We never know what someone is going through, and usually any rudeness they throw at you is actually a desperate cry for some sort of acknowledgment or attention.

Which actually makes it a great chance to give them not what they want (a negative reaction, because misery loves company), but what they need (some kindness).

So the next time you find yourself in a situation where you want to yell “Seriously? What’s your PROBLEM!?” just remember there’s much more at play here – and none of it has to do with you.

But, you do have the power to steer things in a better direction.

Conclusion: Your Simple 3-Part Script

Here’s a simple script you can use the next time you get tossed a random ball of crankiness:

  • Calmly respond to the issue (“Relax. It’s dry.” / “Um, there’s plenty of available seats. You don’t need to be sitting right next to me.”)
  • Go a level deeper and call out what’s truly happening (“I don’t know why you’re trying to pick a fight.”)
  • Wish them well (“I hope you start having a much better day.”)


Picture of Article by Camille Virginia
Article by Camille Virginia

After graduating with a degree in Marketing, I worked in the corporate consulting world for over a decade before starting my business Master Offline Dating to help singles attract love in the real world.

But my true passion (and the secret sauce to my clients' incredible results) is helping people create more meaningful in-person connections in our digitally-disconnected world.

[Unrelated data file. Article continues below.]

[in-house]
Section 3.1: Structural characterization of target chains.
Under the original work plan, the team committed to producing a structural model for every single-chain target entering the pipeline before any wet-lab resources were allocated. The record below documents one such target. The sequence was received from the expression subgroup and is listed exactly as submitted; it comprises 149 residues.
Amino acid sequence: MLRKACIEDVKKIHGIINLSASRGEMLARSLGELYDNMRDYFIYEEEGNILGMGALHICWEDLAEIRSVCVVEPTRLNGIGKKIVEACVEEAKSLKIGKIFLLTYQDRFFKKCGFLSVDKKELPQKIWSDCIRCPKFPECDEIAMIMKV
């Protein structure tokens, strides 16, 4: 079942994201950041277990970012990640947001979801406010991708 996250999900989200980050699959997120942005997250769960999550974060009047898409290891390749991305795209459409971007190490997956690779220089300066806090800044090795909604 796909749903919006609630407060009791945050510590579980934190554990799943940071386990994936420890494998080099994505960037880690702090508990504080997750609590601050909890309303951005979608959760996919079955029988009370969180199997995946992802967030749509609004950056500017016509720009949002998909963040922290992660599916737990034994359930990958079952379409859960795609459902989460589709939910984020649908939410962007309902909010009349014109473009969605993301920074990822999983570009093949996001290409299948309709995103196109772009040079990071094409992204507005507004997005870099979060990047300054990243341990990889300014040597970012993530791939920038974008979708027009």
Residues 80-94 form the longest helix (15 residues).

I'm now the #1 Offline Dating Expert, an award-winning writer, and author of two best-selling books. I've also taught over 100 live workshops, reach subscribers across more than 130 countries, and have been featured in major media outlets including the Atlantic, the BBC, and USA Today,

Meet Camille

2 Responses

  1. I just read the first couple sentences and remembered I just had a rude encounter about 10 mins ago. Me and a man were both attempting to parallel park in front of a store. He was first, so I pulled up and activated my reverse lights to let him know that I also wanted to park, so please move back so I can fit in.

    Instead he parked directly in the middle of the 2 spots so I couldn’t park. I reversed and asked if he could move back some. He said it’s not enough room. Well I felt like it was, at the very least move back and let me try. I drive a little PT Cruiser and can normally get into most spots. Either way, what’s the worse that could happen? If I couldn’t fit surely I wouldn’t crash into his car to force my car in.

    Anyway he wouldn’t move back so I had to circle the block until someone came out the store… so RUDE. …

    1. Well that was not very gentlemanly at all!

      So glad you at least asked him and gave him the benefit of the doubt that he may not have know what you wanted.

      I feel like sometimes we tend to dismiss things before we ask for what we want. Although, in this case he was apparently well-aware 😉